What Search Engine Optimization Means to You by S. Reeves Morris If you have a business website, you want to attract as many customers as possible. That's a no-brainer. But sometimes actually accomplishing this goal is anything but simple. With all the new rules and regulations put out by the major search engines, getting your site in front of internet users is often like navigating a very complex and technical maze. So we've broken down search engine optimization (SEO) into some manageable bites that so you can start with the basics. Keywords If you have run a keyword popularity report on Wordtracker.com looking for popular Search Engine Optimization terms and come up with a list of the most searched words in your field, you know that you need to include these words in your website in order to be found by the search engines. But where do you put them and how? SEO, in Denver and elsewhere, used to be very simply a matter of placing keywords in prominent places so when a search engine does its searching, your site is found easily. Search engines operate with spiders, or web crawlers, that crawl through websites and find those that have words most closely matching the words in the search bar of the browser. Keywords in page titles, page descriptions, and what web designers call META tags were the ones that these spiders looked for most often. Knowing this, web site designers began to include keywords at an alarming rate in text. You might have seen an example of this when you read an article that seemed to be incredibly redundant. The copywriter was using keywords on a large scale to attract the attention of web crawlers and therefore, get at the top of search results. Today, this problem has been addressed by search engines like Google, who are looking for websites that are the most user-friendly. And user-friendly does not mean the same thing as keyword dense. So today, the key to keyword placement is natural. Don't overload your copy with keywords, and don't place keywords in your page titles or descriptions nor in your META tags that have nothing to do with the content of that particular page. You will not attract the latest form of web crawler. Links To achieve even more precise Search Engine Optimization (SEO), Denver businesses online have been known to join linking services or automatic link communities. The point of these activities has been to up their ranking on search engines by showing the web crawlers that they are linked to by dozens of other websites. The problem with this is similar to the keyword trend described above. When search engines rank their results today, they look at a number of factors. They match keywords, yes, but they also look at the usability of the site by analyzing the sites that link to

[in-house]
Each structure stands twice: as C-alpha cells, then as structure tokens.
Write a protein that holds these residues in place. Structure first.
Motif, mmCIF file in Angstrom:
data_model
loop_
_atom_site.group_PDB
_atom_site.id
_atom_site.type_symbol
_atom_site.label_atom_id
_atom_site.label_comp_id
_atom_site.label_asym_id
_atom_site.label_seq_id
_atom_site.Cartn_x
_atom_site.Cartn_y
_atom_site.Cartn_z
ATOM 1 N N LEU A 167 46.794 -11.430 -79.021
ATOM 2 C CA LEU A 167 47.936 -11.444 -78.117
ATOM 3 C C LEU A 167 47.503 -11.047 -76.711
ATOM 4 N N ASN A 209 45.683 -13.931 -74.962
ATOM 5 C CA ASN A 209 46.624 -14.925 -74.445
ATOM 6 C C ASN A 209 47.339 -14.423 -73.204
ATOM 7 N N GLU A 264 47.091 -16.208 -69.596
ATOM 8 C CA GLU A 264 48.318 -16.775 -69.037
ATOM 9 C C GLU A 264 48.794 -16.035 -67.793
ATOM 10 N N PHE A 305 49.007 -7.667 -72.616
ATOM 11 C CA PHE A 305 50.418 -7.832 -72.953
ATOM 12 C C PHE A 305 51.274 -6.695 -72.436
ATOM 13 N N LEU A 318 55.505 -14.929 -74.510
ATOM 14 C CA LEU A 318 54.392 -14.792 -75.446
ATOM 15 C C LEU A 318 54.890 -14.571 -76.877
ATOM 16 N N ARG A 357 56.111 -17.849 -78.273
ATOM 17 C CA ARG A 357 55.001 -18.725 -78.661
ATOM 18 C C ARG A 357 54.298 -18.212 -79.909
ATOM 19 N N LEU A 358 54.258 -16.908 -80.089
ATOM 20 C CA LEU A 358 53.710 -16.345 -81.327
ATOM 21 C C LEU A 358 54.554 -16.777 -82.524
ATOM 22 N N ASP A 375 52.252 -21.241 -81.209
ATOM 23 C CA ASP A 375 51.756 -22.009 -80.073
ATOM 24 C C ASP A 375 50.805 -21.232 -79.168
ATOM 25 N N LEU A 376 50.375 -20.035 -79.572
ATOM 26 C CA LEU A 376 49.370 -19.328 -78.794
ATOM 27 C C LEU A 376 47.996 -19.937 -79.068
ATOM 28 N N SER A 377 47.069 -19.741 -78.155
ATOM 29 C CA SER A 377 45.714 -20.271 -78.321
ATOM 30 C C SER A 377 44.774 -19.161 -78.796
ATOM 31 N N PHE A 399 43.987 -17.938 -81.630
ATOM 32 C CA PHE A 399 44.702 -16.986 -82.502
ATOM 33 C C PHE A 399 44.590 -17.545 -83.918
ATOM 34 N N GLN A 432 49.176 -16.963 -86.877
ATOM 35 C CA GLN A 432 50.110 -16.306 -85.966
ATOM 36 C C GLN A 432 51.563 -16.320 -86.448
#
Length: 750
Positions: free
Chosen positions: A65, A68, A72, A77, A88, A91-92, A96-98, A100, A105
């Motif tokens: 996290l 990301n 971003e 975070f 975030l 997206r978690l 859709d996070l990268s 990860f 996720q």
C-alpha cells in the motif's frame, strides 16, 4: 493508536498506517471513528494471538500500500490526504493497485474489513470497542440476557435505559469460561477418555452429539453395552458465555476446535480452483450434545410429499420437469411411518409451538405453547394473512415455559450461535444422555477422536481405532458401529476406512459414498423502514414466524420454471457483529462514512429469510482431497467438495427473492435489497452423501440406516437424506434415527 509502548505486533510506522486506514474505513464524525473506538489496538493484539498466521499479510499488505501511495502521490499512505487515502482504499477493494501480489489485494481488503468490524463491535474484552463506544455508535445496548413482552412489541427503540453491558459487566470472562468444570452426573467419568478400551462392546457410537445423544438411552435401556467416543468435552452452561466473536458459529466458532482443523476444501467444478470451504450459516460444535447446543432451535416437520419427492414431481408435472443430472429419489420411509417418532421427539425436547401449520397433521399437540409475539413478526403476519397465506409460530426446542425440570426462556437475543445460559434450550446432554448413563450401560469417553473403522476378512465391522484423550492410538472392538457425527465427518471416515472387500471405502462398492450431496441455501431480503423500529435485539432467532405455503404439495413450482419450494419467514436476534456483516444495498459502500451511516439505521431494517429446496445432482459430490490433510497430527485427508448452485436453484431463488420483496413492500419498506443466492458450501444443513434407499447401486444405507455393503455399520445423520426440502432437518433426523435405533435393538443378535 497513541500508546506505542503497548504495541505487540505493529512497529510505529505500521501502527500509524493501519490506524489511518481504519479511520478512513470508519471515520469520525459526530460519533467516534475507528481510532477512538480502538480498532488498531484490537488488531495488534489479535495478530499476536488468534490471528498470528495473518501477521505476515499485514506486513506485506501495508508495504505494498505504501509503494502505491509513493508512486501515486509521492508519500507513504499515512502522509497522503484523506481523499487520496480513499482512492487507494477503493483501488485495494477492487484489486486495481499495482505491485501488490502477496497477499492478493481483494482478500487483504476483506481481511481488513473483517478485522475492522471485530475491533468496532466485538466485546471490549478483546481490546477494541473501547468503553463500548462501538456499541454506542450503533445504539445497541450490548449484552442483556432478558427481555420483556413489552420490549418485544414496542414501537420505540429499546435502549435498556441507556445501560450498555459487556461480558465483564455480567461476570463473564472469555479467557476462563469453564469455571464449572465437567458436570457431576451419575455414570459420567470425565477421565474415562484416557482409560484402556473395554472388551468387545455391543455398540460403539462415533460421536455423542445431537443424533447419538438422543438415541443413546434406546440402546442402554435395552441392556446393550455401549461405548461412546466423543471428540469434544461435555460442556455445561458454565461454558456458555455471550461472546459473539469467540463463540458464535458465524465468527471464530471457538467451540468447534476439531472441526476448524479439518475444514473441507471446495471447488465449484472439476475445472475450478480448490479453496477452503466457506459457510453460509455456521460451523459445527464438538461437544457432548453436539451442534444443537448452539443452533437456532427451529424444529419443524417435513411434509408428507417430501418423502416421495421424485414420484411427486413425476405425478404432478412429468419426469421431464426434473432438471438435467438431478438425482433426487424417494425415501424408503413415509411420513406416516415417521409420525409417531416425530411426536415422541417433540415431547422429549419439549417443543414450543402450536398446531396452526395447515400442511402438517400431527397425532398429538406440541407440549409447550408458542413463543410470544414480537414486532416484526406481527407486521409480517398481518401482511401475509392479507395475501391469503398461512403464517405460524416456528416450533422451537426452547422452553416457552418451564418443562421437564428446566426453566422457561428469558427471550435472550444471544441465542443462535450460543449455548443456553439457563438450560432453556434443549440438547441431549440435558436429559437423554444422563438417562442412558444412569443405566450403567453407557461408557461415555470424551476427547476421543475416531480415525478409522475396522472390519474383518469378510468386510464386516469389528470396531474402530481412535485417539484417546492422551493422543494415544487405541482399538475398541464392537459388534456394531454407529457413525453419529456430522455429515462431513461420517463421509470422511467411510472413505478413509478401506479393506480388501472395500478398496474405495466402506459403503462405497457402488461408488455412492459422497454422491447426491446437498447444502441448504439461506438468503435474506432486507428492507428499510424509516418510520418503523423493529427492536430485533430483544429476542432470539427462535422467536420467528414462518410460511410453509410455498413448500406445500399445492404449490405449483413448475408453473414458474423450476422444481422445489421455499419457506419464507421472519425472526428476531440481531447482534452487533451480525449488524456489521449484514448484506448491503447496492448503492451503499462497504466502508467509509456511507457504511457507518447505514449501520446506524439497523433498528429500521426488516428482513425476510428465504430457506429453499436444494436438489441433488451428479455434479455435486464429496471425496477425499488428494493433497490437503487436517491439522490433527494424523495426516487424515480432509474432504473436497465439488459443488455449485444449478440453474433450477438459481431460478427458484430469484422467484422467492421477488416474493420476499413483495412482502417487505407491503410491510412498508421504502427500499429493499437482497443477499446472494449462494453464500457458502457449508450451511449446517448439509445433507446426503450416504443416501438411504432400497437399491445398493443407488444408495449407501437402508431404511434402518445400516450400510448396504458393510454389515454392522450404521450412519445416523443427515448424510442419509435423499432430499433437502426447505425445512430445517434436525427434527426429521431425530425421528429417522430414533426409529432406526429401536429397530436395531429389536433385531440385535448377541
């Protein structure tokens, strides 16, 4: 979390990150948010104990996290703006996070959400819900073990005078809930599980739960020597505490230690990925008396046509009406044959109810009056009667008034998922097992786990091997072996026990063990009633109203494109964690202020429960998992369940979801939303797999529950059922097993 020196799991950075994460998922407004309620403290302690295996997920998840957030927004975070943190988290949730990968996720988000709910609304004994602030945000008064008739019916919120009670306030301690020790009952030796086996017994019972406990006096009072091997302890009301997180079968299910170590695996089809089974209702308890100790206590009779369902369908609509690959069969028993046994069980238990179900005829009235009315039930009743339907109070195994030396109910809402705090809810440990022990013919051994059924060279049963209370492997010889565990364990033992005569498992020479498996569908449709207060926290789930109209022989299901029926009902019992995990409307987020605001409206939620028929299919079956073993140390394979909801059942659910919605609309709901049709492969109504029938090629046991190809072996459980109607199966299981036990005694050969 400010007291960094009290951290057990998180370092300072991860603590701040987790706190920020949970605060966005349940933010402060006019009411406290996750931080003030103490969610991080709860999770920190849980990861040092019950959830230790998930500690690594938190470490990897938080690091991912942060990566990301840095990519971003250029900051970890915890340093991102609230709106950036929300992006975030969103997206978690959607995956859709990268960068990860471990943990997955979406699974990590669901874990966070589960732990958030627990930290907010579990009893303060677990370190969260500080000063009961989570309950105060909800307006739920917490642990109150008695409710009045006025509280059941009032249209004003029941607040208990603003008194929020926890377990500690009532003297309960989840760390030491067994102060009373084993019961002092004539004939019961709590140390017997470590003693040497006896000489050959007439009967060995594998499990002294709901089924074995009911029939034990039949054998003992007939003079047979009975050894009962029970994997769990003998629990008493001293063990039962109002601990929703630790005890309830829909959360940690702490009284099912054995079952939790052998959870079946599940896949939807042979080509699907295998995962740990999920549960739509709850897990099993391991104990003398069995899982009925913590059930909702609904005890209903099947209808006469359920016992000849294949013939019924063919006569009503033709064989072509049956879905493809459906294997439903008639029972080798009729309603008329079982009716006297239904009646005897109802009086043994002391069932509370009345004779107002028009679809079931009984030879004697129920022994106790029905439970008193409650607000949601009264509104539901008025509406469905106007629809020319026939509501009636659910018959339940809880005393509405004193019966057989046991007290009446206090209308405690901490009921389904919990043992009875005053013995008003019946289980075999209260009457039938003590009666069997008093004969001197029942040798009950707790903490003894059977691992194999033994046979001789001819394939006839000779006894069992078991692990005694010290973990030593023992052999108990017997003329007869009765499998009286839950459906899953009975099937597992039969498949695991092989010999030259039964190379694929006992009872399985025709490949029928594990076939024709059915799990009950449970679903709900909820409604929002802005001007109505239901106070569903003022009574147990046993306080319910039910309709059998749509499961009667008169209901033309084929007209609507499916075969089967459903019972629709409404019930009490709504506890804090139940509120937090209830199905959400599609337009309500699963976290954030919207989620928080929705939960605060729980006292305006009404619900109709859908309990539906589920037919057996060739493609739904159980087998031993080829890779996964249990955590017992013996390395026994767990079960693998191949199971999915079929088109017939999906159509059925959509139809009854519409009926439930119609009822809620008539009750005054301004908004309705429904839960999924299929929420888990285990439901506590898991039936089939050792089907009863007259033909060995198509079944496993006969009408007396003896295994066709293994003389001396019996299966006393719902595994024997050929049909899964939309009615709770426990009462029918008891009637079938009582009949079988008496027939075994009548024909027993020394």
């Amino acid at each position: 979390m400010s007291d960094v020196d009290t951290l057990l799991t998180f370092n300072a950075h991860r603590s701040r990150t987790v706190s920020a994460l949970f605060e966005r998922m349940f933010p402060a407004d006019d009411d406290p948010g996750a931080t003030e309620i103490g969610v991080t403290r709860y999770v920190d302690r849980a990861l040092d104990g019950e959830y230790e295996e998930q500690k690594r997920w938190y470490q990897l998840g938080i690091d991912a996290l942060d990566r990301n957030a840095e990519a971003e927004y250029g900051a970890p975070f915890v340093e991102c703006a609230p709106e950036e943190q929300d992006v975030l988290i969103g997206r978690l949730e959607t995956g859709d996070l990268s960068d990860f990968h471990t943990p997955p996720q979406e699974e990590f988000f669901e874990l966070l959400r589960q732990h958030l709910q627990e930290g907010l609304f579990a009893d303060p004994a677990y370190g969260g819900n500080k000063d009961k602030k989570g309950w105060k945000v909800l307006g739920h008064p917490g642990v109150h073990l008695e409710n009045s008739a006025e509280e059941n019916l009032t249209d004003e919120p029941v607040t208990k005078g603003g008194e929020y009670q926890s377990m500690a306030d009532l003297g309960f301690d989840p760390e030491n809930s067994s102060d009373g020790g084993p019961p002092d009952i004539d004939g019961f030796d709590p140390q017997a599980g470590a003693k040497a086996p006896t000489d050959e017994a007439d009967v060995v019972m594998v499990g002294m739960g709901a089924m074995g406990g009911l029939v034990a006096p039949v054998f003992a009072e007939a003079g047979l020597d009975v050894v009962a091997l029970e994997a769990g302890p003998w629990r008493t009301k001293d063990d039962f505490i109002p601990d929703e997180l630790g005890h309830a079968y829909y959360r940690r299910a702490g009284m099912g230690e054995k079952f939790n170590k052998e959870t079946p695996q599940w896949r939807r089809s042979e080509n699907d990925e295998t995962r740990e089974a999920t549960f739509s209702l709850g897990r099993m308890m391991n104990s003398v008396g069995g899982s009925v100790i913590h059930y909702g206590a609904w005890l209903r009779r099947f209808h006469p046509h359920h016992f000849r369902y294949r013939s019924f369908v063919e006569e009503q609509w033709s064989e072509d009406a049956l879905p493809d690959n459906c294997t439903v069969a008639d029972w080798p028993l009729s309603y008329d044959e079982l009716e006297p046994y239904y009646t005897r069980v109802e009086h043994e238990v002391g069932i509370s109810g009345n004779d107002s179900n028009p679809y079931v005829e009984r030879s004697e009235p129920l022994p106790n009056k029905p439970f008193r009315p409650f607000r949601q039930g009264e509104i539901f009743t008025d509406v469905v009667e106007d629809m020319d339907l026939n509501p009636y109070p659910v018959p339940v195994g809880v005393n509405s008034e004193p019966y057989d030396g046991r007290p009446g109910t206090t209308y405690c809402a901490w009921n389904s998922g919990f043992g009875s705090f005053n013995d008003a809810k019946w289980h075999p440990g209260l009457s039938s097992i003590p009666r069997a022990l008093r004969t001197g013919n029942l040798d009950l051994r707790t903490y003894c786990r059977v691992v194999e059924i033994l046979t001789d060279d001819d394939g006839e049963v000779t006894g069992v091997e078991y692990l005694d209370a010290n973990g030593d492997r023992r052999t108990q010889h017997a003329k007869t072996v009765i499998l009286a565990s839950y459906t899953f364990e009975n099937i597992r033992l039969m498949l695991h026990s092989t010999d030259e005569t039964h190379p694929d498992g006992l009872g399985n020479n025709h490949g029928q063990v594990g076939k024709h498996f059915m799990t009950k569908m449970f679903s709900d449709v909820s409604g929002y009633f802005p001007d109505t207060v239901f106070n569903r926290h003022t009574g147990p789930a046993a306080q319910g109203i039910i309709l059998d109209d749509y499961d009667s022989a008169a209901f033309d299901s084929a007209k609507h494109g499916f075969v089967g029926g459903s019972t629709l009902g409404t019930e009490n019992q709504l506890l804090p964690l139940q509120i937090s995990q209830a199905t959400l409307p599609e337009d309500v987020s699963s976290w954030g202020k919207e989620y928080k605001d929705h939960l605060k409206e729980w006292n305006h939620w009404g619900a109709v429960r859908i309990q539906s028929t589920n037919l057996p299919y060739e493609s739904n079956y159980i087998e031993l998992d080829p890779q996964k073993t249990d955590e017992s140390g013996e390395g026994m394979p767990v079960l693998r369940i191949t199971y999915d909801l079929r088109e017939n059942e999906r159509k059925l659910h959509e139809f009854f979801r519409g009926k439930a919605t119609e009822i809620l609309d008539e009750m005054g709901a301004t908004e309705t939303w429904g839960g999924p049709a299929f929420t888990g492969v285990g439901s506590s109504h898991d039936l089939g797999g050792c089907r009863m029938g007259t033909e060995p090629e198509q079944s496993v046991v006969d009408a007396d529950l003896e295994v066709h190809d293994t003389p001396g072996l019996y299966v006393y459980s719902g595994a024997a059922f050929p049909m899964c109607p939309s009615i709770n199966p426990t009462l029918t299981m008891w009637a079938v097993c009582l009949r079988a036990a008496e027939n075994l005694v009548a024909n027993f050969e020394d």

it. So if you sell patio furniture and you have links to your site from pool companies and gardening websites, this is a good sign that your site offers quality information recommended by other professionals. If however, you have joined a linking service that simply sets up reciprocal links between you and random others, such as a dog groomer, the search engine's spider will recognize this as simply a ploy to get better search results and not an indication of the usefulness of your site. So stick to legitimate links that actually provide a benefit to your customers. About the Author This article was written by Sytsma Morris-Reeves. Mr. Morris-Reeves runs NewMediaDenver,an Internet technology company located in downtown Denver, Colorado (http://www.NewMediaDenver.com). Mr.Morris-Reeves is a highly respected Denver SEO Expert since 10 years, and he constantly develops and stays current with all the latest SEO and Link Building Techniques.
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